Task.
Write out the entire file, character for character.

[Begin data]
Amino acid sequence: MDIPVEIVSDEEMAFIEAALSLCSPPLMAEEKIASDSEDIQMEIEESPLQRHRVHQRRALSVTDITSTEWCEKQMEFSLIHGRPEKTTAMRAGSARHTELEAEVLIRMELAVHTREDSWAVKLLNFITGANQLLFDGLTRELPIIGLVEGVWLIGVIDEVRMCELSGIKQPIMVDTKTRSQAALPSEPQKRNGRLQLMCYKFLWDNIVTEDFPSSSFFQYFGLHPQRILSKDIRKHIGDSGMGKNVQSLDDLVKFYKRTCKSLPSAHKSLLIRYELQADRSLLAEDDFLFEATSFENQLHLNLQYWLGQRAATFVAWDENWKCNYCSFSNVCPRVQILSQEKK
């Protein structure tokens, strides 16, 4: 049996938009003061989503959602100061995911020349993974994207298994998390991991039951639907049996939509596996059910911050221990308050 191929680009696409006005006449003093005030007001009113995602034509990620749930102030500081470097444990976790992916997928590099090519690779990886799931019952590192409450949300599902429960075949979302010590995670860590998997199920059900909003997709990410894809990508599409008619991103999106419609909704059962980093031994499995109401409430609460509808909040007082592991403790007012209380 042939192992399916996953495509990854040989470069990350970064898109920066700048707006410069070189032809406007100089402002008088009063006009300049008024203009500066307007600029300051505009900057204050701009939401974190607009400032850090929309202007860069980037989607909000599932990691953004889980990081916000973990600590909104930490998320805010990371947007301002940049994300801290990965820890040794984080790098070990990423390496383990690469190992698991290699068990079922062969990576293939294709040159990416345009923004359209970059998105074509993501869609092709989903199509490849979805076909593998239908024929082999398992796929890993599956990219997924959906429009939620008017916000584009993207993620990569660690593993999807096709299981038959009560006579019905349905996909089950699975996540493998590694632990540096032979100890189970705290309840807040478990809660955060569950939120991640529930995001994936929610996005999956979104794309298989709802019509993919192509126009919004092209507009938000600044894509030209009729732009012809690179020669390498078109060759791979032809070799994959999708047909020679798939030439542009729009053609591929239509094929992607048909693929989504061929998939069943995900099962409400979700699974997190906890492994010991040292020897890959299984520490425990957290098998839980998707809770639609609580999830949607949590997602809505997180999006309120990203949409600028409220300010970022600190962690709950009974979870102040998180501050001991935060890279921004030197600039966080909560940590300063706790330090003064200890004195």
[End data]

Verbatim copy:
Amino acid sequence: MDIPVEIVSDEEMAFIEAALSLCSPPLMAEEKIASDSEDIQMEIEESPLQRHRVHQRRALSVTDITSTEWCEKQMEFSLIHGRPEKTTAMRAGSARHTELEAEVLIRMELAVHTREDSWAVKLLNFITGANQLLFDGLTRELPIIGLVEGVWLIGVIDEVRMCELSGIKQPIMVDTKTRSQAALPSEPQKRNGRLQLMCYKFLWDNIVTEDFPSSSFFQYFGLHPQRILSKDIRKHIGDSGMGKNVQSLDDLVKFYKRTCKSLPSAHKSLLIRYELQADRSLLAEDDFLFEATSFENQLHLNLQYWLGQRAATFVAWDENWKCNYCSFSNVCPRVQILSQEKK
């Protein structure tokens, strides 16, 4: 049996938009003061989503959602100061995911020349993974994207298994998390991991039951639907049996939509596996059910911050221990308050 191929680009696409006005006449003093005030007001009113995602034509990620749930102030500081470097444990976790992916997928590099090519690779990886799931019952590192409450949300599902429960075949979302010590995670860590998997199920059900909003997709990410894809990508599409008619991103999106419609909704059962980093031994499995109401409430609460509808909040007082592991403790007012209380 042939192992399916996953495509990854040989470069990350970064898109920066700048707006410069070189032809406007100089402002008088009063006009300049008024203009500066307007600029300051505009900057204050701009939401974190607009400032850090929309202007860069980037989607909000599932990691953004889980990081916000973990600590909104930490998320805010990371947007301002940049994300801290990965820890040794984080790098070990990423390496383990690469190992698991290699068990079922062969990576293939294709040159990416345009923004359209970059998105074509993501869609092709989903199509490849979805076909593998239908024929082999398992796929890993599956990219997924959906429009939620008017916000584009993207993620990569660690593993999807096709299981038959009560006579019905349905996909089950699975996540493998590694632990540096032979100890189970705290309840807040478990809660955060569950939120991640529930995001994936929610996005999956979104794309298989709802019509993919192509126009919004092209507009938000600044894509030209009729732009012809690179020669390498078109060759791979032809070799994959999708047909020679798939030439542009729009053609591929239509094929992607048909693929989504061929998939069943995900099962409400979700699974997190906890492994010991040292020897890959299984520490425990957290098998839980998707809770639609609580999830949607949590997602809505997180999006309120990203949409600028409220300010970022600190962690709950009974979870102040998180501050001991935060890279921004030197600039966080909560940590300063706790330090003064200890004195």